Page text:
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1.
Preprint in English | EuropePMC | ID: ppcovidwho-293956

ABSTRACT

We use the UK Household Longitudinal Study and compare pre- (2017-2019) and post-COVID-19 data (April 2020) for the same group of individuals to assess and quantify changes in mental health among ethnic groups in the UK. We confirm the previously documented average deterioration in mental health for the whole sample of individuals interviewed pre- and post-COVID-19, and uncover four new facts. First, ethnicity predicts mental health deterioration when interacted with gender. Among men, BAME individuals experience a higher deterioration in mental health compared to British White individuals. However, among women, the deterioration in mental health is similar for both BAME and British White individuals. Second, the gender gap in mental health deterioration is only present among British White individuals and not among BAME individuals. Third, the drop in mental health among women and BAME men is very similar. Finally, there is substantial heterogeneity across BAME groups. The BAME group of Bangladeshi, Indian and Pakistani appears to be driving the difference in the gender gap in mental health deterioration between British White and BAME individuals. We call for additional research on the effects of the COVID-19 pandemic across different ethnic groups, and urge both policy makers and researchers to allocate resources to collect larger sample sizes of minority ethnic groups.

2.
PLoS One ; 16(11): e0259213, 2021.
Article in English | MEDLINE | ID: covidwho-1496532

ABSTRACT

Healthcare workers have had the longest and most direct exposure to COVID-19 and consequently may suffer from poor mental health. We conducted one of the first repeated multi-country analysis of the mental wellbeing of medical doctors (n = 5,275) at two timepoints during the COVID-19 pandemic (June 2020 and November/December 2020) to understand the prevalence of anxiety and depression, as well as associated risk factors. Rates of anxiety and depression were highest in Italy (24.6% and 20.1%, June 2020), second highest in Catalonia (15.9% and 17.4%, June 2020), and lowest in the UK (11.7% and 13.7%, June 2020). Across all countries, higher risk of anxiety and depression symptoms were found among women, individuals below 60 years old, those feeling vulnerable/exposed at work, and those reporting normal/below-normal health. We did not find systematic differences in mental health measures between the two rounds of data collection, hence we cannot discard that the mental health repercussions of the pandemic are persistent.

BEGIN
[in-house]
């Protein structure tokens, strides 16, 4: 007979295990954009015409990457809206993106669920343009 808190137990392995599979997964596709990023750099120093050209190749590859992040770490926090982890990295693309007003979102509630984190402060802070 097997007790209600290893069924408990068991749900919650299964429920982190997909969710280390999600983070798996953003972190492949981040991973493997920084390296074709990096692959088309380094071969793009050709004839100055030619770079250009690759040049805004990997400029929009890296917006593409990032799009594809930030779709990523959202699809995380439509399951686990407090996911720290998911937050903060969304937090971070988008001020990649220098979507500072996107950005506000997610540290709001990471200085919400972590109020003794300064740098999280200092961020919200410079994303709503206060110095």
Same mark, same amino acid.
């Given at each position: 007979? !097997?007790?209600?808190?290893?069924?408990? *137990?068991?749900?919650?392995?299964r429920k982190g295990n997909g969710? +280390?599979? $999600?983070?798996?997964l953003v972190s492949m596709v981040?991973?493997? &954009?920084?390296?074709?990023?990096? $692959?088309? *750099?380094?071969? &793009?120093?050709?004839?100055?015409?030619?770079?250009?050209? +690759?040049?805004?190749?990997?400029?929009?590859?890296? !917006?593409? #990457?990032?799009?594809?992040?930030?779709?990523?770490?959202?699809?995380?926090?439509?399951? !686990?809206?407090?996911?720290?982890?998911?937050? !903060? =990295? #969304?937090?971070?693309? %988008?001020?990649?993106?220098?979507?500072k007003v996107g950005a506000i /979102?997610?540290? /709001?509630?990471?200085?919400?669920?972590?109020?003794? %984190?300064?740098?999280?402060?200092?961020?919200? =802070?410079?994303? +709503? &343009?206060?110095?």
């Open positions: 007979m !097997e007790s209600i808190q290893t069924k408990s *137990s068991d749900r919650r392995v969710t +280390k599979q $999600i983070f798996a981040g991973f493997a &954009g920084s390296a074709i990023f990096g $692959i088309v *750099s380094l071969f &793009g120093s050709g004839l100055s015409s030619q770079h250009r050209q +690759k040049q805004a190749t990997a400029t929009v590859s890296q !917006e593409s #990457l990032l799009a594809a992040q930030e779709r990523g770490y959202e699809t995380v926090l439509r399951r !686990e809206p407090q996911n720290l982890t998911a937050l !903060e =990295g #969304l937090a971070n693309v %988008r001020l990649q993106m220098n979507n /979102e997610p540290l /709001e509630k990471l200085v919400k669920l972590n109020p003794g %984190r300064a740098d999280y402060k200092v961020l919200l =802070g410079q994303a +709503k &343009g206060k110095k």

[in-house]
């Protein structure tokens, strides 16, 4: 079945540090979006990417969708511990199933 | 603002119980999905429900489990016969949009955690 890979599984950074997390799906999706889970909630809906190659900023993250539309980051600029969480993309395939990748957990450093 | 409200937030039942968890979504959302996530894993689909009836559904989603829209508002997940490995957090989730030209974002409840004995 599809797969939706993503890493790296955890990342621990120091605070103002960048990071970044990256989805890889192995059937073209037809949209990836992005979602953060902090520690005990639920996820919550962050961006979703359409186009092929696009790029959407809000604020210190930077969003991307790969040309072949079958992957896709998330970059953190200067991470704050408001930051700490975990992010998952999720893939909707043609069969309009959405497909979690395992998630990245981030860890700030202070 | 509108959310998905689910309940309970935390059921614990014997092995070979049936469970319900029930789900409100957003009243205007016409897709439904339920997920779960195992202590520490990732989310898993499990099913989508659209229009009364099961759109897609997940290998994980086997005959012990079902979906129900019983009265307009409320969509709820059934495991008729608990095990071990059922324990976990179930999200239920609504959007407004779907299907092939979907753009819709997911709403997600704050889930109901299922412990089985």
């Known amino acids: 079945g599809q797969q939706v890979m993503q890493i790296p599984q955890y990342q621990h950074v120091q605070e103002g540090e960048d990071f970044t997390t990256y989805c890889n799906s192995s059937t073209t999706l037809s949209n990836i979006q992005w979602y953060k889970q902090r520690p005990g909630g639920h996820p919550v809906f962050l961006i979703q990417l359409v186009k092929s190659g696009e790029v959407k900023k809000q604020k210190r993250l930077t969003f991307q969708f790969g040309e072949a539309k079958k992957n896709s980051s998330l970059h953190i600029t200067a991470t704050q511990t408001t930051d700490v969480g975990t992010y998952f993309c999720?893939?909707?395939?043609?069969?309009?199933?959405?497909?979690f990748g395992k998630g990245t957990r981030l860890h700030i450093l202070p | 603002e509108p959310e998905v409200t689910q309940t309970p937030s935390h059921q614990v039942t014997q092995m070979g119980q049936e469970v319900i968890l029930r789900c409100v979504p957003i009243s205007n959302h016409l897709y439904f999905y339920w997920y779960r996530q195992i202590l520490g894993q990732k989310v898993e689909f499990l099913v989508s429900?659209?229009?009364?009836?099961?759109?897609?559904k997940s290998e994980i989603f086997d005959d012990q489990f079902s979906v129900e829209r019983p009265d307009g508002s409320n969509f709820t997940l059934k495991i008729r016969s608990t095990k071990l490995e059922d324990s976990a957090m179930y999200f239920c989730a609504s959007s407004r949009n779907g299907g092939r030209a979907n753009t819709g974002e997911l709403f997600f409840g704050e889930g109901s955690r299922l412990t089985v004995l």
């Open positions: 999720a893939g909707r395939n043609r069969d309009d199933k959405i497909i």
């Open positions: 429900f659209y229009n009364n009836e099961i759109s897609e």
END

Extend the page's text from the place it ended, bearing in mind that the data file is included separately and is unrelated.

Subject(s)
Anxiety/etiology , COVID-19/psychology , Depression/etiology , Occupational Diseases/psychology , Physicians/psychology , Adult , Female , Health Personnel/psychology , Humans , Italy , Male , Middle Aged , Pandemics
3.
Proc Natl Acad Sci U S A ; 118(37)2021 09 14.
Article in English | MEDLINE | ID: covidwho-1402174

ABSTRACT